"Let me issue and control a nation's money and I care not who writes the laws."

    Simply put: Investment bankers want take control of goverments and thus the whole world.

    In the US this has more or less already happened and Europe is well on its way too... right wing politicians are doing their best to speed up the process.

    Europe is being driven so deep into debt that in no time the bankers will own us too. They keep creating these elaborate funds ands monetary instruments that are supposed be european collateral for all the debt.

    Funny thing is that many (broke) countries that are part of these collateral instruments are backin up the instrunment which is in turn backing up the loans of these countries... sick.

    So in reality europe is backing up its own debt by itself with the money and guarantees that it dont have in order to get more loans.

  • Greece's jobless rate rose to a fresh record of 20.9 percent in November 2011 from 18.2 percent in October, statistics service ELSTAT said on Thursday, as the debt crisis and austerity measures took their toll on the labour market.

    This rise takes the number of unemployed in Greece to 1,029,587 people. It also represents an increase of 7 percent since November 2010, when unemployment was at 13.9 percent.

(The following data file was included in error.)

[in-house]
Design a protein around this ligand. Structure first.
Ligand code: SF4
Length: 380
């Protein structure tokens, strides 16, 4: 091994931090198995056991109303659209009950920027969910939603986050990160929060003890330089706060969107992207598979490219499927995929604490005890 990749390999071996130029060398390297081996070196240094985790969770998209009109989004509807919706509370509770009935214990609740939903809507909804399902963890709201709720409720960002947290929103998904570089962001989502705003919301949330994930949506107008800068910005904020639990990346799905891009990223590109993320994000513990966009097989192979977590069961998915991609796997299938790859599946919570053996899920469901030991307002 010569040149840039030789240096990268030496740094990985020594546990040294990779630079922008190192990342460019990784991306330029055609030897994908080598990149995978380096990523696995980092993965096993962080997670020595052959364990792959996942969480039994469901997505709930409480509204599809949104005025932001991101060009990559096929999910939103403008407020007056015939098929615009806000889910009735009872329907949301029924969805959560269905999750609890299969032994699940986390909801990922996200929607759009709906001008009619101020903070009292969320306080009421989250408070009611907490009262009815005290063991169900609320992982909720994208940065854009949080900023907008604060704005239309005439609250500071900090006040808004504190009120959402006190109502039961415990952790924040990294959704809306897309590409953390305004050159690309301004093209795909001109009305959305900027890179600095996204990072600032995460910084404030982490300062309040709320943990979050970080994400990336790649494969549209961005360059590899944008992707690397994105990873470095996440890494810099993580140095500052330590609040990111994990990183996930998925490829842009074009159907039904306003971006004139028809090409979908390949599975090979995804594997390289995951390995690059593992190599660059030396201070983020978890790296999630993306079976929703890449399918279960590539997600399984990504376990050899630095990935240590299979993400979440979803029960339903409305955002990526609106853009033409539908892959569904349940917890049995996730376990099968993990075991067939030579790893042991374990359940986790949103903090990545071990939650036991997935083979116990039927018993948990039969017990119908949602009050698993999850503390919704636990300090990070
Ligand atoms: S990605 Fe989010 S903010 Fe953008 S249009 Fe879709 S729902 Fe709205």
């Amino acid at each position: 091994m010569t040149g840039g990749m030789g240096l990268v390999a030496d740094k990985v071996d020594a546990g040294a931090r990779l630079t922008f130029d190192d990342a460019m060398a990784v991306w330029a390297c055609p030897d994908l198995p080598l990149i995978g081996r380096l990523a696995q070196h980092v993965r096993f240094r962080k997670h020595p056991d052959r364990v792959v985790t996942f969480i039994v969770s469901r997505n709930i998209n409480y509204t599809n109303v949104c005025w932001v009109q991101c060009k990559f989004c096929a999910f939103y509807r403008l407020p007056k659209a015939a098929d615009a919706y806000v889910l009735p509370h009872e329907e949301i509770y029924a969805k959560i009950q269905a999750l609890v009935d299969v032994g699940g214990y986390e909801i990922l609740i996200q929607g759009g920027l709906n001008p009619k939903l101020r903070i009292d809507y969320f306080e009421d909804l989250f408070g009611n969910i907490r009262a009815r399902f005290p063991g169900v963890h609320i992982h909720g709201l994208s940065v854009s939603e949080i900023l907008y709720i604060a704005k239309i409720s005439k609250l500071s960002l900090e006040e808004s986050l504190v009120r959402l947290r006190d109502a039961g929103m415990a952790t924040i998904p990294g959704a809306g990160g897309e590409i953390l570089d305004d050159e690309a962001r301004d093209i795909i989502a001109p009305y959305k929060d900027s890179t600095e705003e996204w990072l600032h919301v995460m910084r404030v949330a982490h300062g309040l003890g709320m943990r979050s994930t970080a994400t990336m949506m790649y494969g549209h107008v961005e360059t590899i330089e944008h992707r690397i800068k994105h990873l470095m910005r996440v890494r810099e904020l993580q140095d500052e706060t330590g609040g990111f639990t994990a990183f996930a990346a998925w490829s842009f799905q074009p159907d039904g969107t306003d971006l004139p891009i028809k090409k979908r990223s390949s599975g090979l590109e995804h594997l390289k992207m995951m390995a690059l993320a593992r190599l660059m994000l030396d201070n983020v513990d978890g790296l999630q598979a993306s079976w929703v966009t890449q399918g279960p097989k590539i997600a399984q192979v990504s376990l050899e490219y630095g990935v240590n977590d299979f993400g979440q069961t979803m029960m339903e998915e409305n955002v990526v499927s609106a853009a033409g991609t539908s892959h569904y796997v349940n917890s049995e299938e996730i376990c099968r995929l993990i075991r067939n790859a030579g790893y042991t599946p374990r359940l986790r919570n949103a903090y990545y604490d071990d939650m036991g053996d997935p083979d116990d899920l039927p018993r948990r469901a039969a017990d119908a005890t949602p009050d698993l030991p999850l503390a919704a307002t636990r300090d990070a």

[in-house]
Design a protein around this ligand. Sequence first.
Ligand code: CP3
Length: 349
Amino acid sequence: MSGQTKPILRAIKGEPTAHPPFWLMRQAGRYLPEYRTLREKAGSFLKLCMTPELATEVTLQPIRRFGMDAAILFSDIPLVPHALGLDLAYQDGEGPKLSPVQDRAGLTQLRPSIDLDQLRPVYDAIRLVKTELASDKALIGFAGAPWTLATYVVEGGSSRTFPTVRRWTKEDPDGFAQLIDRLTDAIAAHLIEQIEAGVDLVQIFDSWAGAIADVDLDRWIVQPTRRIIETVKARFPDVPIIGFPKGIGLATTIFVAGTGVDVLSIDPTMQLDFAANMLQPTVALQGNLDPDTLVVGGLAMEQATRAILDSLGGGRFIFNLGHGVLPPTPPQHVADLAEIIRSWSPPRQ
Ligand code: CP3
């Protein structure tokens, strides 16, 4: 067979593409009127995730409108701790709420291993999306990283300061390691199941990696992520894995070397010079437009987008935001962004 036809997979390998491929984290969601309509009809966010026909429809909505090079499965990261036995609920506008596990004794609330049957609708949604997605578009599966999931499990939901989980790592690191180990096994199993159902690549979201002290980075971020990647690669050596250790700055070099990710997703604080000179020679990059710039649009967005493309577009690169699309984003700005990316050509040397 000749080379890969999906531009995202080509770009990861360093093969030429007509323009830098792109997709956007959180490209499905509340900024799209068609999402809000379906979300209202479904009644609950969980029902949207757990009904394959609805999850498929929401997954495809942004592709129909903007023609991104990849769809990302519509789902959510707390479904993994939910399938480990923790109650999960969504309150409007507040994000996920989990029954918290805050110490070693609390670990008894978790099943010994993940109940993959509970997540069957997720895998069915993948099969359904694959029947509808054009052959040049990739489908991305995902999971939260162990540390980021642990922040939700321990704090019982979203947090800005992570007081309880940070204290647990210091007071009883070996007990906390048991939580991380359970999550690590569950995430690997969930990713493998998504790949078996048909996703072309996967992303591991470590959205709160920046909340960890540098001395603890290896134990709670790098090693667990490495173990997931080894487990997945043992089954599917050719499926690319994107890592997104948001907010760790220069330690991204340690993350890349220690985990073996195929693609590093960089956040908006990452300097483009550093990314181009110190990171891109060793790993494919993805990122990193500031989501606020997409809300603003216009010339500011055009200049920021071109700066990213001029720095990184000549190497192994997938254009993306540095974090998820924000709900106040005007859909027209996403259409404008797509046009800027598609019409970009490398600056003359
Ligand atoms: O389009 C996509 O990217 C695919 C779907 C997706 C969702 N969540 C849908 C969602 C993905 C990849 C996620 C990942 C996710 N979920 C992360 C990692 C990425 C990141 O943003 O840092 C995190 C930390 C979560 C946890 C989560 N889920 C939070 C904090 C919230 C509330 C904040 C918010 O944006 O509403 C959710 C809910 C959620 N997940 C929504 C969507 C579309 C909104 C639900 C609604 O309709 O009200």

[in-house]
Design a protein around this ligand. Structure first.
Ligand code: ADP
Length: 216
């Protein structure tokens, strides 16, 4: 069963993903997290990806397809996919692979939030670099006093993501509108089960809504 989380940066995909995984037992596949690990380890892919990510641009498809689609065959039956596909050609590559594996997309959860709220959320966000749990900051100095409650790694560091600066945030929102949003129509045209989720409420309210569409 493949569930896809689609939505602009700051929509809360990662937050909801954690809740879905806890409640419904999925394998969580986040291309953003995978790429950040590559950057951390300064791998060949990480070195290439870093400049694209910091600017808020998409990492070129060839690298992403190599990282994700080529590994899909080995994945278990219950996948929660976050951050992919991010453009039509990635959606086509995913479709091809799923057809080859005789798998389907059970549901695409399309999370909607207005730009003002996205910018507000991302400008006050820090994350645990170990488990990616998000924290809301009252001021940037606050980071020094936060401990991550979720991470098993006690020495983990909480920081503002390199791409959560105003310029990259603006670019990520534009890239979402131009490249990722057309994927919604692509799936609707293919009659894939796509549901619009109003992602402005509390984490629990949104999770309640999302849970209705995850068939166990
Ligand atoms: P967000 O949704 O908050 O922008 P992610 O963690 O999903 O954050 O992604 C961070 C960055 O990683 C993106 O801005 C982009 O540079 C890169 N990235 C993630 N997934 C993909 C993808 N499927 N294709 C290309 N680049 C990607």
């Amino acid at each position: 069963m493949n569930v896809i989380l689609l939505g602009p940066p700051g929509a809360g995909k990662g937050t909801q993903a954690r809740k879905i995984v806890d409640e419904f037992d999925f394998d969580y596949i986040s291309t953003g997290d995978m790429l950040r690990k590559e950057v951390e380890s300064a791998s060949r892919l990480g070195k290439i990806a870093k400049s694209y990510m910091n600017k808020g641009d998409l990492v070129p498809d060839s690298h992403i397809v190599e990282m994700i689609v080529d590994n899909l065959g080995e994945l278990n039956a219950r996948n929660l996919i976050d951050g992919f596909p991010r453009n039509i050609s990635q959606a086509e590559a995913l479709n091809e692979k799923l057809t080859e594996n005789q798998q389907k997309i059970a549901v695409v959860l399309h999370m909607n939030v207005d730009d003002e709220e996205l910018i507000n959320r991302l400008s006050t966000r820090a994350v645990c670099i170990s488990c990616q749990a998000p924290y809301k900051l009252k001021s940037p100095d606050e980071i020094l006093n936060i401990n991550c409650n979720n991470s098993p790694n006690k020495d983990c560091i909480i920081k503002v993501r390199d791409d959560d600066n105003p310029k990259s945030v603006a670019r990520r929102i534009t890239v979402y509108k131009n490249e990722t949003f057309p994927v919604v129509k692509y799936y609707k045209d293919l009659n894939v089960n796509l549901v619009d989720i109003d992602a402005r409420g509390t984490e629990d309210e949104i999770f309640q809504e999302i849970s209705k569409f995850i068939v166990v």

The number of employed fell by 9.4 percent (405,786 people) year on year and by 4 percent (164,506 people) month on month.

    The unemployment rate for people under the age of 25 reached 48 percent in November 2011.

    Greece's industrial production decreased at a faster rate in December, according to data released by the Hellenic Statistical Authority (ELSTAT).

    Industrial production declined 11.3 percent year on year in December, faster than the 7.8 percent fall recorded in November.

    Production in the manufacturing industry fell 15.5 percent annually, while mining and quarrying output increased 2.2 percent. There was a 3.9 percent annual fall in electricity production during December.

    Month-on-month, industrial output fell 4.3 percent in December, reversing the previous month's 4.6 percent increase. In 2011, industrial output dropped on average 8.4 percent from the previous year.

    Via: http://www.ekathimerini.com/4dcgi/_w_articles_wsite2_1_09/02/2012_426911 http://www.ekathimerini.com/4dcgi/_w_articles_wsite2_1_09/02/2012_426909

  • Some actual tales:

    The "new poor" includes Lambros Zacharatos, who navigates the streets of Athens with Leonidas Koutikas in the Klimaka van night after night. Until last year, Zacharatos worked as an interior designer, earning up to €4,000 ($5,300) in a good month. "All of the sudden, boom, the crisis was here and 90 percent of the commissions were gone," he says. Zacharatos and two others sleep in a room above the Klimaka offices. The bunkbeds and veneer cabinet are reminiscent of a youth hostel.

    Zacharatos says things happened very quickly. He lost his job, had no money to pay for his apartment, and within a few months he was out on the street. "Never in my worst nightmares would I have imagined that I would one day become homeless," he says.

    Via: http://www.spiegel.de/international/europe/0,1518,814571,00.html